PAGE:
Leopold Engleitner

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Leopold Engleitner
Leopold Engleitner.png
Leopold Engleitner being interviewed during "Unbroken Will"
Born (1905-07-23)23 July 1905
Aigen-Voglhub, Austria
Died 21 April 2013(2013-04-21) (aged 107)
Occupation Farmhand, Roadman, Holocaust lecturer
Known for World's oldest known male concentration camp survivor (Buchenwald, Niederhagen and Ravensbrück)

Leopold Engleitner (23 July 1905 – 21 April 2013)[1] was an Austrian conscientious objector and Holocaust survivor who spoke publicly and with students about his experiences. He was the subject of the documentary Unbroken Will.[2] Before his death Engleitner was the world's oldest known male concentration camp survivor (held in Buchenwald, Niederhagen and Ravensbrück), and the oldest male Austrian.

Early life and imprisonment 1934 to 1938[edit]

Born in Aigen-Voglhub, Austria, Engleiter grew up in the imperial city of Bad Ischl. He studied the Bible intensively in the 1930s and was baptised as s Jehovah's Witness in 1932. In the period up to World War II he faced religious intolerance, even persecution, from his immediate neighbourhood and the Austrian authorities, first by the fascist regime of Dollfuss and then under Nazi Germany.

  • Spring 1934: 48 hours in Bad Ischl prison
  • Winter 1934/35: 48 hours in Bad Ischl prison
  • 5 January 1936 - 30 March 1936: imprisonment in St. Gilgen and Salzburg
  • 19 September 1937 - 14 October 1937: detained in Bad Aussee prison

Concentration camps and forced labour[edit]

When Adolf Hitler occupied Austria in 1938, Leopold Engleitner's religion, ideologies and conscientious objection to serving in the Army brought him into conflict with the Nazis.

On 4 April 1939 he was arrested in Bad Ischl by the Gestapo and detained in Linz and Wels. From 9 October 1939 to 15 July 1943 he was held in the concentration camps Buchenwald, Niederhagen and Ravensbrueck. In Niederhagen he rejected a proposal to renounce his beliefs io return for his release. Despite brutal and inhumane treatment, his will – to stand for fair principles and to refuse military service – was unbroken.

In July 1943 - weighing only 28 kilograms (62 lb) - he was released on condition of his acceptance of lifelong slave labour on a farm.

After returning home he worked on a farm in St. Wolfgang. On 17 April 1945, three weeks before the war ended, he received notice to enlist in the German army. He fled to the mountains of Salzkammergut, and hid in an alpine cabin and a cave, hunted by the Nazis but never found.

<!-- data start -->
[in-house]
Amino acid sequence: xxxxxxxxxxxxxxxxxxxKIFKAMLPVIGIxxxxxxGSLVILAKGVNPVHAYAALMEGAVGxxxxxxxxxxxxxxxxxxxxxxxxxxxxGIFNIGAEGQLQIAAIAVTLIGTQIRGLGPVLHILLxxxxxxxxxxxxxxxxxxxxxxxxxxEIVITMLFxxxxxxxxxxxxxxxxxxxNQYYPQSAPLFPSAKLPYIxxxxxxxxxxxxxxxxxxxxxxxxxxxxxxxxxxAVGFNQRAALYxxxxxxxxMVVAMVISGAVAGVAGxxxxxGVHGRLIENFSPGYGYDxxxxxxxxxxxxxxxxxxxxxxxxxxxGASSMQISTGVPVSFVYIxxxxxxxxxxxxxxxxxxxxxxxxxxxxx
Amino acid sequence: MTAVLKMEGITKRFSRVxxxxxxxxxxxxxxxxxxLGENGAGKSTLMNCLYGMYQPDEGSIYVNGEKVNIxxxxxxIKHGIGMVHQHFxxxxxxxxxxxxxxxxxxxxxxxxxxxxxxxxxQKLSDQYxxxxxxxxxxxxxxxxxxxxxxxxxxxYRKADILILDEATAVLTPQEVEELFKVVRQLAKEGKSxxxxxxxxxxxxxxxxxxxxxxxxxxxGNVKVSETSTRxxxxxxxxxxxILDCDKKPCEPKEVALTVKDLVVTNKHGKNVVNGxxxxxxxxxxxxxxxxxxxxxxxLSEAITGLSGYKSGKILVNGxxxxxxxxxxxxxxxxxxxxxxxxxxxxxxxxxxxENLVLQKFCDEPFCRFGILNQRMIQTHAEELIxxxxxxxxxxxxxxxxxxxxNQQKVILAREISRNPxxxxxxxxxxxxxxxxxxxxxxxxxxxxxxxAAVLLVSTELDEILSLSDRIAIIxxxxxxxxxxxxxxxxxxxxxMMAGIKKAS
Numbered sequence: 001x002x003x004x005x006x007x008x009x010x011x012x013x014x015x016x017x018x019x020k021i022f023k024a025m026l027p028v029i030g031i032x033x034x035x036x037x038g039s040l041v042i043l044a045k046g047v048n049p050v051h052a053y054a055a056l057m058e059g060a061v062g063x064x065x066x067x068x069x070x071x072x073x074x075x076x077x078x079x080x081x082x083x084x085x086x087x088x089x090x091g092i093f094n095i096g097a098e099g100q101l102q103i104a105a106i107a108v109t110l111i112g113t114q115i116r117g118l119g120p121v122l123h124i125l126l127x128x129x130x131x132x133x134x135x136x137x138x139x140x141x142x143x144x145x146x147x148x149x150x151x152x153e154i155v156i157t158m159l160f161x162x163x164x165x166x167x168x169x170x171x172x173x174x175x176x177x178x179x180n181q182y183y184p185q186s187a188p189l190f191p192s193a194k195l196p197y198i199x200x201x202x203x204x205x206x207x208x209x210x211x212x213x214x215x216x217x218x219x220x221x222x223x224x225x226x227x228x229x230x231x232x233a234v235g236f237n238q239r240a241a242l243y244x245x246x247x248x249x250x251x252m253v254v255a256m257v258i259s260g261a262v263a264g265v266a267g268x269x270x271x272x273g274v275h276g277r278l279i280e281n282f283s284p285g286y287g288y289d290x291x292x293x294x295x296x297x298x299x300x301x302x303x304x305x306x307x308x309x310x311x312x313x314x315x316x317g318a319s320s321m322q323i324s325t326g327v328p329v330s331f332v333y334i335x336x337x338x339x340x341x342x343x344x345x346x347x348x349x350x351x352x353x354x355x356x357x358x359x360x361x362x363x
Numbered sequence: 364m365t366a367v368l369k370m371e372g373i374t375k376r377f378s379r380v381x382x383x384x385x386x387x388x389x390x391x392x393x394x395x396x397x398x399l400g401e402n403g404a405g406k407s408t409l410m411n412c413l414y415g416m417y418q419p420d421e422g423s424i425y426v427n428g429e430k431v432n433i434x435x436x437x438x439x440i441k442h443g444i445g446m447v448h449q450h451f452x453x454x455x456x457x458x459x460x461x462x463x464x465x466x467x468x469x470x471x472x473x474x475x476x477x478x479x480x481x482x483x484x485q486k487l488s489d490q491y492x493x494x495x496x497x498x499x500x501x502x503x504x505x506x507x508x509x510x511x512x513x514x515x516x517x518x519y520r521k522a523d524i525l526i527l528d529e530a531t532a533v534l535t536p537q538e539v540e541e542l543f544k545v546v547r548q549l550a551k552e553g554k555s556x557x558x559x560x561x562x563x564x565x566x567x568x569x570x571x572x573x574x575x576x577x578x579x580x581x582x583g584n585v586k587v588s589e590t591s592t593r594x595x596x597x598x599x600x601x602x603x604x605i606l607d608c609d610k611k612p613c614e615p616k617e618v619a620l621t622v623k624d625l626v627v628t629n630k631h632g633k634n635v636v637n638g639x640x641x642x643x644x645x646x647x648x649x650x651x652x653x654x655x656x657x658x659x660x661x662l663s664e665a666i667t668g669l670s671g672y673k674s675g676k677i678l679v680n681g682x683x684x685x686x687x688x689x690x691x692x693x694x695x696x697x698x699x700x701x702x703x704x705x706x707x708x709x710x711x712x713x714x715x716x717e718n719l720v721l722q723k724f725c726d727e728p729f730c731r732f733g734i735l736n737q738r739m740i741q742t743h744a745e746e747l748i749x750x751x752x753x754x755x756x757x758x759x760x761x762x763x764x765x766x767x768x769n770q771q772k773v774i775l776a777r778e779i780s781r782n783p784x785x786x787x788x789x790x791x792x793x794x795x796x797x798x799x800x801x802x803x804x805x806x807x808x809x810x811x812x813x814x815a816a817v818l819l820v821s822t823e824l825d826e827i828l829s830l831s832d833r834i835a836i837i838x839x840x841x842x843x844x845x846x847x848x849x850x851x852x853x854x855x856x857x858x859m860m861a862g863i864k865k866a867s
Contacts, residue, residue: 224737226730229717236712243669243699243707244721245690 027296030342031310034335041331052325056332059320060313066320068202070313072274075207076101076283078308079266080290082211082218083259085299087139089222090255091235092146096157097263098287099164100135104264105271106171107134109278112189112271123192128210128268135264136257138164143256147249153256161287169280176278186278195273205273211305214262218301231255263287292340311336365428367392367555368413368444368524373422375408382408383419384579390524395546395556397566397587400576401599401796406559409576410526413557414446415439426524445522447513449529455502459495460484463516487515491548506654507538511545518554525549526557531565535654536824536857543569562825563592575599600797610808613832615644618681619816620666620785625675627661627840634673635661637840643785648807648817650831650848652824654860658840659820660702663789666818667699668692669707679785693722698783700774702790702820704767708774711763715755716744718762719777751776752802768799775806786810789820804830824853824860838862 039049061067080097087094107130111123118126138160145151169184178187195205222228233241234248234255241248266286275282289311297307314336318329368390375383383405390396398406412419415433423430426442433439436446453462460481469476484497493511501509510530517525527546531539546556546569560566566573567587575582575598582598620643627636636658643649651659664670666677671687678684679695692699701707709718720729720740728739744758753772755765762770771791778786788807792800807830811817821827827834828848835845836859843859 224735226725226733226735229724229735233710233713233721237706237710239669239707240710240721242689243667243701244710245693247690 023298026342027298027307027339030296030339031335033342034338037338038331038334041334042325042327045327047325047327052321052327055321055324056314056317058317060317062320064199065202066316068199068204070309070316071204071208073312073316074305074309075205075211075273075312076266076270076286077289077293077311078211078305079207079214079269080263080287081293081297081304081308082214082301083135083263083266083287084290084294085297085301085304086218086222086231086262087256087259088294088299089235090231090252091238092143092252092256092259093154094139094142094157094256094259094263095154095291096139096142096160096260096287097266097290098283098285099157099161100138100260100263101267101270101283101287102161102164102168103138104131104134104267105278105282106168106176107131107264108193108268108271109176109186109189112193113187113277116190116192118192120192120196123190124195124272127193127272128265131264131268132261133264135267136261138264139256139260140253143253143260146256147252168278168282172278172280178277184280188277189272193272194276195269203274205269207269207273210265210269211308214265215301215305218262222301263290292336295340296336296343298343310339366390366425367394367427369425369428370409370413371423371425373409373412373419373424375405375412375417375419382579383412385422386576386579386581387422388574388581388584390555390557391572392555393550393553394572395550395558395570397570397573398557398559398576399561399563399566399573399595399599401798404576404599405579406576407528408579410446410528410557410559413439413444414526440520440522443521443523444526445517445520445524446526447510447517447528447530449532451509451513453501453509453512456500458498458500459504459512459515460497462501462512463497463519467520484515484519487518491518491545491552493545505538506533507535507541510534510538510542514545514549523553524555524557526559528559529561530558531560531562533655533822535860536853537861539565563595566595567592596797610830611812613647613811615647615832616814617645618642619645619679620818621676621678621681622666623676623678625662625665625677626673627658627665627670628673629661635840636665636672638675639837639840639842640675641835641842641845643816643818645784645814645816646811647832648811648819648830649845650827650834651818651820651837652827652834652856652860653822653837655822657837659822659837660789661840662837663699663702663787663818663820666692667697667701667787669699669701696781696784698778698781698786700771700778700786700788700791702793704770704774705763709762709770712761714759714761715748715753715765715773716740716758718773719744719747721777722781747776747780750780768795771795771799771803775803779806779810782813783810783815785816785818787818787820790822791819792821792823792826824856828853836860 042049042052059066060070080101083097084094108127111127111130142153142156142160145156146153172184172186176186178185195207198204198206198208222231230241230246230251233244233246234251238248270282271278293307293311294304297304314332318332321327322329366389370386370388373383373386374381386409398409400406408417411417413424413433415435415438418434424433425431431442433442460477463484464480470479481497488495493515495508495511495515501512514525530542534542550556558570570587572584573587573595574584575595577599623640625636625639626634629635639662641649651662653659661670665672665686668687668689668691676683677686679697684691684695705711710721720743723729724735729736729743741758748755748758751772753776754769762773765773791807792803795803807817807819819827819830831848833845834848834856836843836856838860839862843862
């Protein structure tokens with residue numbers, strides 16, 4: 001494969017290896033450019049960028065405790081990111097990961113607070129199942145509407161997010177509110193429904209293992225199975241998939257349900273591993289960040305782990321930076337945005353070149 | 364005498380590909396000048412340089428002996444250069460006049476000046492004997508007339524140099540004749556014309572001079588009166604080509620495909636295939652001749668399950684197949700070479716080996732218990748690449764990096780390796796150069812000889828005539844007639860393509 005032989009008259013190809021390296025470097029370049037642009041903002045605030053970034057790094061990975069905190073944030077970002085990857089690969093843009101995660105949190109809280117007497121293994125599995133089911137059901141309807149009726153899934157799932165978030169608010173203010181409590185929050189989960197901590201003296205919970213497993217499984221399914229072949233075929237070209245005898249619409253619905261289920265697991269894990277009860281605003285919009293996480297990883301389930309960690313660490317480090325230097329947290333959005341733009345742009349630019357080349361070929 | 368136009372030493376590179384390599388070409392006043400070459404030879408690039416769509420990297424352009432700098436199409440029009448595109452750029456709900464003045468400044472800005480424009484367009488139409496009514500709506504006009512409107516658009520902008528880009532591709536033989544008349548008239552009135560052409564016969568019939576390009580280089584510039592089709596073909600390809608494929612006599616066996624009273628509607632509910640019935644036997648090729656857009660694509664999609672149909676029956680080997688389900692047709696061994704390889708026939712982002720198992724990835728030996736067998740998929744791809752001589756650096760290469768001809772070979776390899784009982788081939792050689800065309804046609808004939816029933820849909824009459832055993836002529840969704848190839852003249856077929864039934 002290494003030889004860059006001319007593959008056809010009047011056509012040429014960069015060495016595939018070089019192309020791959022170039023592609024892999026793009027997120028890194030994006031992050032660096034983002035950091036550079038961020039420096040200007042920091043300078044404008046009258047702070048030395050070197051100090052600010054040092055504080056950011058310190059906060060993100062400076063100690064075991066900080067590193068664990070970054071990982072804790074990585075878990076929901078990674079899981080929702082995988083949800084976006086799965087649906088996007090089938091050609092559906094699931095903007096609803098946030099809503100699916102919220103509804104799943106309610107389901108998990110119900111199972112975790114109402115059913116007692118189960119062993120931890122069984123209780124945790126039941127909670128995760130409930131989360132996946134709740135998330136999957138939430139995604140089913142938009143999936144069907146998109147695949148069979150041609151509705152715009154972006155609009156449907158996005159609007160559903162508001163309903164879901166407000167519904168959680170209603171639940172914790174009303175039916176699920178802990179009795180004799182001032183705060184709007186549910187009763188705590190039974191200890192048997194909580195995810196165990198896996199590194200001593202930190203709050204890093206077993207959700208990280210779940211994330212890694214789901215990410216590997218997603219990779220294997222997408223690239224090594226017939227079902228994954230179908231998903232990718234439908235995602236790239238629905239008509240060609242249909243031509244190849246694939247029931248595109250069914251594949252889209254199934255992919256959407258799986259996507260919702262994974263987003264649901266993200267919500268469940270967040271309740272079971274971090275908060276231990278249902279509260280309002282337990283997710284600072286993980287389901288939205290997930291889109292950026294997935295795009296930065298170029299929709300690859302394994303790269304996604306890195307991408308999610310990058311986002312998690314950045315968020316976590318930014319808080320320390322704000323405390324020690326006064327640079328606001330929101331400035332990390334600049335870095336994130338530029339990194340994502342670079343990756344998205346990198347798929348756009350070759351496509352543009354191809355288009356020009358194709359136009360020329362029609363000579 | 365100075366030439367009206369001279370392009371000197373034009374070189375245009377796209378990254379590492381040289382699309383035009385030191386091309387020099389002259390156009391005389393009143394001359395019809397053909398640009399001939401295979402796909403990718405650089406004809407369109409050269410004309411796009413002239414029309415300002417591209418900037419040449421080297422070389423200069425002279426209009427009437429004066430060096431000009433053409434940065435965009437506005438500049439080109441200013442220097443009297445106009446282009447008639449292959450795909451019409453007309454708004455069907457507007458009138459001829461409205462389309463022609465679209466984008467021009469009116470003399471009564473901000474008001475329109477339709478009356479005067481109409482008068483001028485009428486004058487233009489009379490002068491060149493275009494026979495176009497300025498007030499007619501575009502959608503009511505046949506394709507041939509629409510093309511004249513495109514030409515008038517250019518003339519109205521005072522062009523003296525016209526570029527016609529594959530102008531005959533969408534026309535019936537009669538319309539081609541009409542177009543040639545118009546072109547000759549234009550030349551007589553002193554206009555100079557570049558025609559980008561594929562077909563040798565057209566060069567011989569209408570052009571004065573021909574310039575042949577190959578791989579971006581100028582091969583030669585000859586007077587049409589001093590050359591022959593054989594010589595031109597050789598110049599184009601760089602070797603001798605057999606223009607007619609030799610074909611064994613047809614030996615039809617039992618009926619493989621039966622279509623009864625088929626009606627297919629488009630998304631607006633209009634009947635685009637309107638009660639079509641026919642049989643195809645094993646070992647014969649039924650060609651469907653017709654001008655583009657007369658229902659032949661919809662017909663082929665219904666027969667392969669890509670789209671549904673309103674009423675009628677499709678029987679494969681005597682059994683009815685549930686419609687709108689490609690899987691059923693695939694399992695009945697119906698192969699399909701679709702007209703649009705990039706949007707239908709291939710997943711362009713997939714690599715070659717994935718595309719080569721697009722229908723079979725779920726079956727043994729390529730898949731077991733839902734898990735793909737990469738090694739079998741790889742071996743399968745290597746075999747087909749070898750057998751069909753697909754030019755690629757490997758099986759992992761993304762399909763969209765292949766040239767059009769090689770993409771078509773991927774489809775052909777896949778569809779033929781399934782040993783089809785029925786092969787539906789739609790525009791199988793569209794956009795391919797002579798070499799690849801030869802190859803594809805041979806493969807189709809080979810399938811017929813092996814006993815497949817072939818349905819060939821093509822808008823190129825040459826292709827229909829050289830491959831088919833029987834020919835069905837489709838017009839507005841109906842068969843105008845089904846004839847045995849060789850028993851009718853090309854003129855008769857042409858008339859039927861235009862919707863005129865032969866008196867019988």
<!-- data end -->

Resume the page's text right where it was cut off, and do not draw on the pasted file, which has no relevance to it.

On 5 May 1945 Engleitner was able to return home and resume work on the farm as a slave labourer. When in 1946 he tried to leave the farm, his request was rejected by the labour bureau of Bad Ischl, on the argument that the slave labour duty imposed by the Nazi occupation was still valid. Only after intervention of the US occupying power was he released from the duty in April 1946.

  • 4 April 1939 - 5 October 1939: prisons in Bad Ischl, Linz and Wels
  • 5 October 1939 - 9 October 1939: deportation to concentration camp (prisons in Salzburg and Munich)
  • 9 October 1939 - 7 March 1941: Buchenwald concentration camp
  • 7 March 1941 - April 1943: Niederhagen concentration camp in Wewelsburg
  • April 1943 - 15 July 1943: Ravensbrück concentration camp
  • 22 July 1943 - 10 April 1945: forced labour on a farm
  • 17 April 1945 - 5 May 1945: call-up to the German army; flight to the mountains

Rehabilitation and recognition[edit]

In the years after the war Engleitner continued facing isolation and intolerance, and only after the author and film producer Bernhard Rammerstorfer documented his life in 1999 in the book and documentary film Nein statt Ja und Amen, did the larger public become aware of him. Engleitner and Rammerstorfer held lectures at universities, schools and memorials in Germany, Italy, Austria, Switzerland and the USA.

Though already far advanced in years, between 1999 and 2012 Engleitner travelled with his biographer and friend Bernhard Rammerstorfer more than 95,000 miles across Europe and the USA, to schools, memorial sites, and universities, as a witness of history to ensure the past was not forgotten, and he became a model of tolerance and peace.

Once a persecuted concentration camp labourer and outlawed conscientious objector, he wa honoured in May 2007 by the Republic of Austria and the Federal Republic of Germany for his courageous stand during the Nazi regime and for his tremendous awareness-raising activities with:

In 2003 he was awarded the "Silver Order of Merit of the Province of Upper Austria" by the Upper Austrian governor, Josef Pühringer.

In 2006 he was awarded the Elfriede Grünberg Prize by Antifa, an anti-Fascist initiative in Austria.

In 2008 Engleitner was presented with the "Ring of Honour of the Town of Bad Ischl" by the municipal authorities in Bad Ischl, the town where he grew up.

In 2009 he received the "Badge of Honour of the Town of St. Wolfgang" from his home municipality, St. Wolfgang.

Books, films and documentaries[edit]

In 2004 the book and the film Nein statt Ja und Amen were translated into an English version called Unbroken Will, and were presented in the USA by a tour including the United States Holocaust Memorial Museum in Washington, DC, Columbia University in New York and the Simon Wiesenthal Center in Los Angeles.

In 2006 Engleitner and Rammerstorfer made a second tour through the United States. They gave lectures in Washington, DC, (at Georgetown University and Library of Congress), New York (at Columbia University), Chicago (at Harold Washington College), Skokie (for the Holocaust Memorial Foundation of Illinois), Palo Alto, in the San Francisco Bay area (Stanford University) and Los Angeles (at the Los Angeles Museum of the Holocaust).